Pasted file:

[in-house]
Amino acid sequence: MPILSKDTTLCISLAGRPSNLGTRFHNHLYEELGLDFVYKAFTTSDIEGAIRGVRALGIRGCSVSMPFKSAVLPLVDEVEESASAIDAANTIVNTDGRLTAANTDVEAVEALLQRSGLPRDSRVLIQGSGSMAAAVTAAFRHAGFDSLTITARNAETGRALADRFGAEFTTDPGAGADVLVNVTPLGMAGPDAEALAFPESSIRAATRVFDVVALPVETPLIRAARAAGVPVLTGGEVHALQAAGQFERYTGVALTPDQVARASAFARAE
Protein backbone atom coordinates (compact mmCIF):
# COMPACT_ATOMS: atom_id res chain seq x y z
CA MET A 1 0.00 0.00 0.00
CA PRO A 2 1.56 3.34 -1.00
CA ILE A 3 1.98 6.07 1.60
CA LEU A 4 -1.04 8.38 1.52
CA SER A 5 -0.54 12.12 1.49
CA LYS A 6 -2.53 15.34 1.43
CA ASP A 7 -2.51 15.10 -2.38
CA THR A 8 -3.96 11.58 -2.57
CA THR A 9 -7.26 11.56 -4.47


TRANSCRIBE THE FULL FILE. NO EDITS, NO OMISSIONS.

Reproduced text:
[in-house]
Amino acid sequence: MPILSKDTTLCISLAGRPSNLGTRFHNHLYEELGLDFVYKAFTTSDIEGAIRGVRALGIRGCSVSMPFKSAVLPLVDEVEESASAIDAANTIVNTDGRLTAANTDVEAVEALLQRSGLPRDSRVLIQGSGSMAAAVTAAFRHAGFDSLTITARNAETGRALADRFGAEFTTDPGAGADVLVNVTPLGMAGPDAEALAFPESSIRAATRVFDVVALPVETPLIRAARAAGVPVLTGGEVHALQAAGQFERYTGVALTPDQVARASAFARAE
Protein backbone atom coordinates (compact mmCIF):
# COMPACT_ATOMS: atom_id res chain seq x y z
CA MET A 1 0.00 0.00 0.00
CA PRO A 2 1.56 3.34 -1.00
CA ILE A 3 1.98 6.07 1.60
CA LEU A 4 -1.04 8.38 1.52
CA SER A 5 -0.54 12.12 1.49
CA LYS A 6 -2.53 15.34 1.43
CA ASP A 7 -2.51 15.10 -2.38
CA THR A 8 -3.96 11.58 -2.57
CA THR A 9 -7.26 11.56 -4.47